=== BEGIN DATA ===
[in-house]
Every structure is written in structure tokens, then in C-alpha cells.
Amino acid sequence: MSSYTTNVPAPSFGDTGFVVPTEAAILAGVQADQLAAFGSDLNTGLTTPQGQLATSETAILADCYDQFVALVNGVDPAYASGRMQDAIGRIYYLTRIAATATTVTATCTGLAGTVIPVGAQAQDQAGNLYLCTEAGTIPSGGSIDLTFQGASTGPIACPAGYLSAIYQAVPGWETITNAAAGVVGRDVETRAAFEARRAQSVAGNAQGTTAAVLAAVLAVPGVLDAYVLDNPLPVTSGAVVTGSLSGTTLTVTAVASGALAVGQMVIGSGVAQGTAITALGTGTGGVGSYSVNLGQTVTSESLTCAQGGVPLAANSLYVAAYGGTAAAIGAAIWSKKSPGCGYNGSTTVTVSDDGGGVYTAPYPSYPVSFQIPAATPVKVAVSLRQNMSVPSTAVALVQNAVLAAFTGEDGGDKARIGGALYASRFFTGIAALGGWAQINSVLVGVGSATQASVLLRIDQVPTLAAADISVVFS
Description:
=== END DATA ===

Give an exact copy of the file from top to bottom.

[in-house]
Every structure is written in structure tokens, then in C-alpha cells.
Amino acid sequence: MSSYTTNVPAPSFGDTGFVVPTEAAILAGVQADQLAAFGSDLNTGLTTPQGQLATSETAILADCYDQFVALVNGVDPAYASGRMQDAIGRIYYLTRIAATATTVTATCTGLAGTVIPVGAQAQDQAGNLYLCTEAGTIPSGGSIDLTFQGASTGPIACPAGYLSAIYQAVPGWETITNAAAGVVGRDVETRAAFEARRAQSVAGNAQGTTAAVLAAVLAVPGVLDAYVLDNPLPVTSGAVVTGSLSGTTLTVTAVASGALAVGQMVIGSGVAQGTAITALGTGTGGVGSYSVNLGQTVTSESLTCAQGGVPLAANSLYVAAYGGTAAAIGAAIWSKKSPGCGYNGSTTVTVSDDGGGVYTAPYPSYPVSFQIPAATPVKVAVSLRQNMSVPSTAVALVQNAVLAAFTGEDGGDKARIGGALYASRFFTGIAALGGWAQINSVLVGVGSATQASVLLRIDQVPTLAAADISVVFS
Description: